Updated: Jun 24, 2022
Recently, as I was doing my research on plan reviews, I came across a media article that shared a story about the revealations in the parliament, during some of the recent budget hearings, stating that more than 1200 people died while waiting to receive an outcome for their NDIS Plan funding. Shocking hey?
It was identified that these were the participants of the scheme who were assessed eligible for the NDIS but were waiting to receive their first funding plan.
The article further explained that the NDIS minister denied to accept it and provided reasons stating it to be untrue and putting an argument that the delay was not from the NDIA however it was the insufficient evidence provided by the participants to the agency regarding their disabilities, that caused the delay.
Now, whatever the exact reason may be, it is something that will be explored eventually or it may not be, however, such incidents do pose some serious questions about the efficiency of the agency in not being able to deliver the outcomes on time.
Considering the super busy nature of the job, that the agency is carrying out, in framing plans we have known and experienced, that in some or many cases, participants have to wait longer if they miss on providing required evidence in the first instance and if they reschedule a meeting means more wait time.
With NDIS, it is hard to get the answers straightway from the helpline regarding your plan-related decisions or review, as the staff at the helpdesk will have to further refer you to the back-office planning team. Such delays and not getting the answers quickly can be frustrating and undoubtedly put a person with a disability in a state of confusion, particularly when the person with a disability has a desperate need or has less support from family or friends.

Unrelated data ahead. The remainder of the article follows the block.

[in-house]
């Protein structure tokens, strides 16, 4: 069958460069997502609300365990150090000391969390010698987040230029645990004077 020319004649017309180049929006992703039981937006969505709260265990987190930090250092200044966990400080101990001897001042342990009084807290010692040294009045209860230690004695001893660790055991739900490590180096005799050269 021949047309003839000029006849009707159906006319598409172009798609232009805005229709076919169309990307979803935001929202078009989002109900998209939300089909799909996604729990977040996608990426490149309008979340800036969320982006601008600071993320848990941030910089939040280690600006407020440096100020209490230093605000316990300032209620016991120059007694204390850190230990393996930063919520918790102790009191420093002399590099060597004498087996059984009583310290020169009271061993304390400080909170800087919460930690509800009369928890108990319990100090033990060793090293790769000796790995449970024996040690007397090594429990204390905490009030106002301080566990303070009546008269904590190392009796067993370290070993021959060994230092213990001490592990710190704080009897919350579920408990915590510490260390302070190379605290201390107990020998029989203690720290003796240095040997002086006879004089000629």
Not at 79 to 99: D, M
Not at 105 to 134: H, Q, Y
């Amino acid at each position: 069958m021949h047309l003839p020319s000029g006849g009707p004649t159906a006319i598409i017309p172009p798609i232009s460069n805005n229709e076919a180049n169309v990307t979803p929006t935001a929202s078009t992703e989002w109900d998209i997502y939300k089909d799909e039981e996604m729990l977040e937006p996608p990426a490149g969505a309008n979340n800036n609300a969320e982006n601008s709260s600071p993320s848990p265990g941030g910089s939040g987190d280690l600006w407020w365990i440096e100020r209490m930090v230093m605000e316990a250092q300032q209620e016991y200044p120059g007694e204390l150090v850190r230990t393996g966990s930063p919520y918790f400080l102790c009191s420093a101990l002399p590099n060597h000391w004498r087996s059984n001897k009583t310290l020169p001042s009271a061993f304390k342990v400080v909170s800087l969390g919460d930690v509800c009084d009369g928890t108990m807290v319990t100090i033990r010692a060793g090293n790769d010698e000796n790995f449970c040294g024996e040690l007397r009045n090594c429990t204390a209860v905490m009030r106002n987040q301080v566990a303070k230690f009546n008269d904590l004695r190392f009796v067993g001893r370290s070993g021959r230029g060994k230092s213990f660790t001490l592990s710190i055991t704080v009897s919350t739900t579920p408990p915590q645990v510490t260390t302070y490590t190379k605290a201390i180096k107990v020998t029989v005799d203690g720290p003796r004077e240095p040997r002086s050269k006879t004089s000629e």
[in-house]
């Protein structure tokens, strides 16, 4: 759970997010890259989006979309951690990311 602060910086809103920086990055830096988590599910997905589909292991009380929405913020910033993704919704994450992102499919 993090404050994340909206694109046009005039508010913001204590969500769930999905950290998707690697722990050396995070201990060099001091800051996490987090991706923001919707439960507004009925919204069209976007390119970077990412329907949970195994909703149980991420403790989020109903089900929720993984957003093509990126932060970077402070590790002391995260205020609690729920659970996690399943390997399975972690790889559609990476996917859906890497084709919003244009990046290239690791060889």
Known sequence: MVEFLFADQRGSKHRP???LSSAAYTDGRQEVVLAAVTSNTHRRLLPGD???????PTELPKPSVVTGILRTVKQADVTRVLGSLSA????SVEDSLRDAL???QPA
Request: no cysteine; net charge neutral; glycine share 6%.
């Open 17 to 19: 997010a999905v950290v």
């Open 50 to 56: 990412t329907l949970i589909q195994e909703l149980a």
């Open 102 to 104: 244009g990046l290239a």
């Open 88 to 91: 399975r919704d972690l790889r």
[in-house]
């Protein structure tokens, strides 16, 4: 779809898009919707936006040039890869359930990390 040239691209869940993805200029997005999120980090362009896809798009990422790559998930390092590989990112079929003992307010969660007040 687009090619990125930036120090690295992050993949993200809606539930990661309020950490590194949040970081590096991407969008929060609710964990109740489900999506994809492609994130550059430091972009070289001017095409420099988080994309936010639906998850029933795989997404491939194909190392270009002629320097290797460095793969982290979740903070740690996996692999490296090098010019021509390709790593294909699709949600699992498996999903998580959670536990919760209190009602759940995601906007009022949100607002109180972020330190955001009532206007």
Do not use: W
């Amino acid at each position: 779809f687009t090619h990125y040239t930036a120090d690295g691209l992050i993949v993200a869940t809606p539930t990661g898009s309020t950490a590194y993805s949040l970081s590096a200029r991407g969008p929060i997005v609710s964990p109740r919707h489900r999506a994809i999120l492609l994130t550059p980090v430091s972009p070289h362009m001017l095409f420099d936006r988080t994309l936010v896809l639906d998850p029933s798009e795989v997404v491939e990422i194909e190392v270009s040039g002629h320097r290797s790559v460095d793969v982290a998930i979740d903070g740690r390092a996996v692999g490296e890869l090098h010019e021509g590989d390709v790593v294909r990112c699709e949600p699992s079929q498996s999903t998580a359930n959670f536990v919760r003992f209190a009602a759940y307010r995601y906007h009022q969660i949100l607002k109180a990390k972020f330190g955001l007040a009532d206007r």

So, the time delay is definitely an issue with the agency, and hence as per an article published on 12 Aug 2019, David Tune was appointed to review NDIS rules and legislations in light of reducing the red tape and wait times for a scheme eligible person to get a new plan and review.
To solve this issue and delay, NDIA acted by creating a checklist on its webpage that states the criteria for a person to qualify and be eligible for the scheme, which is as below -
1. You must be aged between 7 and 65,
2. Living in Australia and having a permanent residency
3. Being supported by another person or using special equipment because of a permanent and significant disability.